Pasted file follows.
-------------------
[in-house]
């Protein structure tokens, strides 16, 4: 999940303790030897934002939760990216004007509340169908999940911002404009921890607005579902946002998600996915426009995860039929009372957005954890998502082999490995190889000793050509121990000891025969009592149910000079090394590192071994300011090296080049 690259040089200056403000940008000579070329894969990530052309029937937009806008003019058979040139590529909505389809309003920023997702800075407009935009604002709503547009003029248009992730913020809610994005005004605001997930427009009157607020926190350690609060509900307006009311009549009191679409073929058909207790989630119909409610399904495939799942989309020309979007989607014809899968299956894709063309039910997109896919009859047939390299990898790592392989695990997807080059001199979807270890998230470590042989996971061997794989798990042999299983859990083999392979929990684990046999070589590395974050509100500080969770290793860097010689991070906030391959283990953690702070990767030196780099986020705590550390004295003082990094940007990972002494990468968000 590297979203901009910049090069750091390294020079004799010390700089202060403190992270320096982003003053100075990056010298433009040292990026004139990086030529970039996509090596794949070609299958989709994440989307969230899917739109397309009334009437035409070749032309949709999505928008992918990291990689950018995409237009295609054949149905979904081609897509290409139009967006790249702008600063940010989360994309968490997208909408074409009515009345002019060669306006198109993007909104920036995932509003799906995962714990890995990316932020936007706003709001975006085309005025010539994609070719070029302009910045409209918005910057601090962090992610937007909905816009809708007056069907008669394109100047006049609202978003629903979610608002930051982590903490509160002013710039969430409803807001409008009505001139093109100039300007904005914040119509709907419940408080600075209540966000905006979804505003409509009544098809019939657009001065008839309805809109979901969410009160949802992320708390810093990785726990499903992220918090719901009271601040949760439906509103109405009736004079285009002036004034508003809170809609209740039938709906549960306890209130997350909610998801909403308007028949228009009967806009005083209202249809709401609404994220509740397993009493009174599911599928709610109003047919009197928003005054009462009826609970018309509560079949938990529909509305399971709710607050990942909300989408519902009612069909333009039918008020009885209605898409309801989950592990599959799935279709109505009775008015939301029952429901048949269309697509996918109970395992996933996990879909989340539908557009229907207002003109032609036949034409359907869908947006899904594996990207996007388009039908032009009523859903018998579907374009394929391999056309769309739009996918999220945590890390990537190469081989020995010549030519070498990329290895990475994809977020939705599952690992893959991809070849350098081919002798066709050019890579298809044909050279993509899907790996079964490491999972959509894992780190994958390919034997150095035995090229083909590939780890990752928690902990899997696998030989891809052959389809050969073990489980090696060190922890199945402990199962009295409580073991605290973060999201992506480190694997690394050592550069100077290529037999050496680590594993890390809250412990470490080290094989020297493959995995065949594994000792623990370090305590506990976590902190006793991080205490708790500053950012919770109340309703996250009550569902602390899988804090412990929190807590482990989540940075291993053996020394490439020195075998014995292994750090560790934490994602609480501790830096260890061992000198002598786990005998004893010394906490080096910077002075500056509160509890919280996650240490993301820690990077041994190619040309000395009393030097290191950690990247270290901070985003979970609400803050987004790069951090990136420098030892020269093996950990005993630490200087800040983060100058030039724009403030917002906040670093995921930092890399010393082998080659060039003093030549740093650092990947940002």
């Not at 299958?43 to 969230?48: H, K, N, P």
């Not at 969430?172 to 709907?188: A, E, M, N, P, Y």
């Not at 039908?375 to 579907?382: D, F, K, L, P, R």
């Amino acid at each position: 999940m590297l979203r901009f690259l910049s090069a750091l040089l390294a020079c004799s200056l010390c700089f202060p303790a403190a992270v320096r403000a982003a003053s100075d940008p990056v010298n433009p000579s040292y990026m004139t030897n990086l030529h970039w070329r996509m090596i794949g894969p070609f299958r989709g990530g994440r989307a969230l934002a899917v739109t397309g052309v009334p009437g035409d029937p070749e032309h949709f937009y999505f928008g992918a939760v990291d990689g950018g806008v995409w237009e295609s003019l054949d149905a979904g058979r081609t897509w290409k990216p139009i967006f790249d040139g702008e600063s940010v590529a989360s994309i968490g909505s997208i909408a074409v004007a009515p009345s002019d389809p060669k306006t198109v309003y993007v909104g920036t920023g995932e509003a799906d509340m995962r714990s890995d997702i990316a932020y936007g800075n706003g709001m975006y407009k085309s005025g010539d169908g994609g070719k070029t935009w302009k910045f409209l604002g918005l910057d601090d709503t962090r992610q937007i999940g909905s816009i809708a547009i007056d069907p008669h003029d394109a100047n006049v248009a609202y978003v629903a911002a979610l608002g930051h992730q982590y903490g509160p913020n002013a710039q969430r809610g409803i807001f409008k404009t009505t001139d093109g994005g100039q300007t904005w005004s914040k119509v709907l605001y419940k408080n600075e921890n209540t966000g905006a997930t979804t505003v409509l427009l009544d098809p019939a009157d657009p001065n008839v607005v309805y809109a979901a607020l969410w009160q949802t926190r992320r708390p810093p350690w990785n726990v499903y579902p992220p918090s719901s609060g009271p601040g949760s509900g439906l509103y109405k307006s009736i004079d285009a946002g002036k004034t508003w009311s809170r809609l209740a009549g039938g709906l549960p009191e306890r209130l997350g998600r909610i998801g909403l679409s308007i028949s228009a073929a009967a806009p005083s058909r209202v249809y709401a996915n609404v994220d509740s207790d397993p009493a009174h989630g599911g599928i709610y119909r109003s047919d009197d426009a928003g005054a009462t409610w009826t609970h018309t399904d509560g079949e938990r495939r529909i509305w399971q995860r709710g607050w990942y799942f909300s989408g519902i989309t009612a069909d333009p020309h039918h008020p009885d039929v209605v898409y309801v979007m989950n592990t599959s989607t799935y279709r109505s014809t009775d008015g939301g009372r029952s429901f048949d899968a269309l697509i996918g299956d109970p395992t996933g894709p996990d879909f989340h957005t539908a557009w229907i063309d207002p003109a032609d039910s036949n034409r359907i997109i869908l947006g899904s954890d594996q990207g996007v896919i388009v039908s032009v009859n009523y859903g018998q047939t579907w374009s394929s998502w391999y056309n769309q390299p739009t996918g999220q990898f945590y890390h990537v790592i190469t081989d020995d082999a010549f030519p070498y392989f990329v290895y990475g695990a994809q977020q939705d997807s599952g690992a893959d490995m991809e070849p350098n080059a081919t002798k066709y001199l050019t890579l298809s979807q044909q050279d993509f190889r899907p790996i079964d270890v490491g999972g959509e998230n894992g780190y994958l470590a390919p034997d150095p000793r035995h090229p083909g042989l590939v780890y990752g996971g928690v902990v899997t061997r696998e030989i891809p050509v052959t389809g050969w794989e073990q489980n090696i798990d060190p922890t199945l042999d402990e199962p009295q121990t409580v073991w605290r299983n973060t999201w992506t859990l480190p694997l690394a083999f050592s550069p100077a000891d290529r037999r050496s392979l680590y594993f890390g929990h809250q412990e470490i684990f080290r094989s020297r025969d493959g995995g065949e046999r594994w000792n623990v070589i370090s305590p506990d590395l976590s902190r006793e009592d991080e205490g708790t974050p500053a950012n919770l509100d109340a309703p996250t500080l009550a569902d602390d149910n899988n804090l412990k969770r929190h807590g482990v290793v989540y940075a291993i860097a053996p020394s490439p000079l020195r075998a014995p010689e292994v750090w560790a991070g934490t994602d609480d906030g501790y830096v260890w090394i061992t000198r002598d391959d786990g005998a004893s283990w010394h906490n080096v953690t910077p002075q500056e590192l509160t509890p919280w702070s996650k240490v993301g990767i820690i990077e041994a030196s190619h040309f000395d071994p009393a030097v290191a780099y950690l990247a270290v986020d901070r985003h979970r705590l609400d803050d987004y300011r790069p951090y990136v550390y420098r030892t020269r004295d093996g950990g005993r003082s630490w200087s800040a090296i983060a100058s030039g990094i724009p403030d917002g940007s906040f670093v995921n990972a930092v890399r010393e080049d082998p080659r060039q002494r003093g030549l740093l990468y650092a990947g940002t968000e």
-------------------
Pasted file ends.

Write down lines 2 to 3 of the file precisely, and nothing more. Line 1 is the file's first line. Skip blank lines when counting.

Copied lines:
């Protein structure tokens, strides 16, 4: 999940303790030897934002939760990216004007509340169908999940911002404009921890607005579902946002998600996915426009995860039929009372957005954890998502082999490995190889000793050509121990000891025969009592149910000079090394590192071994300011090296080049 690259040089200056403000940008000579070329894969990530052309029937937009806008003019058979040139590529909505389809309003920023997702800075407009935009604002709503547009003029248009992730913020809610994005005004605001997930427009009157607020926190350690609060509900307006009311009549009191679409073929058909207790989630119909409610399904495939799942989309020309979007989607014809899968299956894709063309039910997109896919009859047939390299990898790592392989695990997807080059001199979807270890998230470590042989996971061997794989798990042999299983859990083999392979929990684990046999070589590395974050509100500080969770290793860097010689991070906030391959283990953690702070990767030196780099986020705590550390004295003082990094940007990972002494990468968000 590297979203901009910049090069750091390294020079004799010390700089202060403190992270320096982003003053100075990056010298433009040292990026004139990086030529970039996509090596794949070609299958989709994440989307969230899917739109397309009334009437035409070749032309949709999505928008992918990291990689950018995409237009295609054949149905979904081609897509290409139009967006790249702008600063940010989360994309968490997208909408074409009515009345002019060669306006198109993007909104920036995932509003799906995962714990890995990316932020936007706003709001975006085309005025010539994609070719070029302009910045409209918005910057601090962090992610937007909905816009809708007056069907008669394109100047006049609202978003629903979610608002930051982590903490509160002013710039969430409803807001409008009505001139093109100039300007904005914040119509709907419940408080600075209540966000905006979804505003409509009544098809019939657009001065008839309805809109979901969410009160949802992320708390810093990785726990499903992220918090719901009271601040949760439906509103109405009736004079285009002036004034508003809170809609209740039938709906549960306890209130997350909610998801909403308007028949228009009967806009005083209202249809709401609404994220509740397993009493009174599911599928709610109003047919009197928003005054009462009826609970018309509560079949938990529909509305399971709710607050990942909300989408519902009612069909333009039918008020009885209605898409309801989950592990599959799935279709109505009775008015939301029952429901048949269309697509996918109970395992996933996990879909989340539908557009229907207002003109032609036949034409359907869908947006899904594996990207996007388009039908032009009523859903018998579907374009394929391999056309769309739009996918999220945590890390990537190469081989020995010549030519070498990329290895990475994809977020939705599952690992893959991809070849350098081919002798066709050019890579298809044909050279993509899907790996079964490491999972959509894992780190994958390919034997150095035995090229083909590939780890990752928690902990899997696998030989891809052959389809050969073990489980090696060190922890199945402990199962009295409580073991605290973060999201992506480190694997690394050592550069100077290529037999050496680590594993890390809250412990470490080290094989020297493959995995065949594994000792623990370090305590506990976590902190006793991080205490708790500053950012919770109340309703996250009550569902602390899988804090412990929190807590482990989540940075291993053996020394490439020195075998014995292994750090560790934490994602609480501790830096260890061992000198002598786990005998004893010394906490080096910077002075500056509160509890919280996650240490993301820690990077041994190619040309000395009393030097290191950690990247270290901070985003979970609400803050987004790069951090990136420098030892020269093996950990005993630490200087800040983060100058030039724009403030917002906040670093995921930092890399010393082998080659060039003093030549740093650092990947940002």
């Not at 299958?43 to 969230?48: H, K, N, P």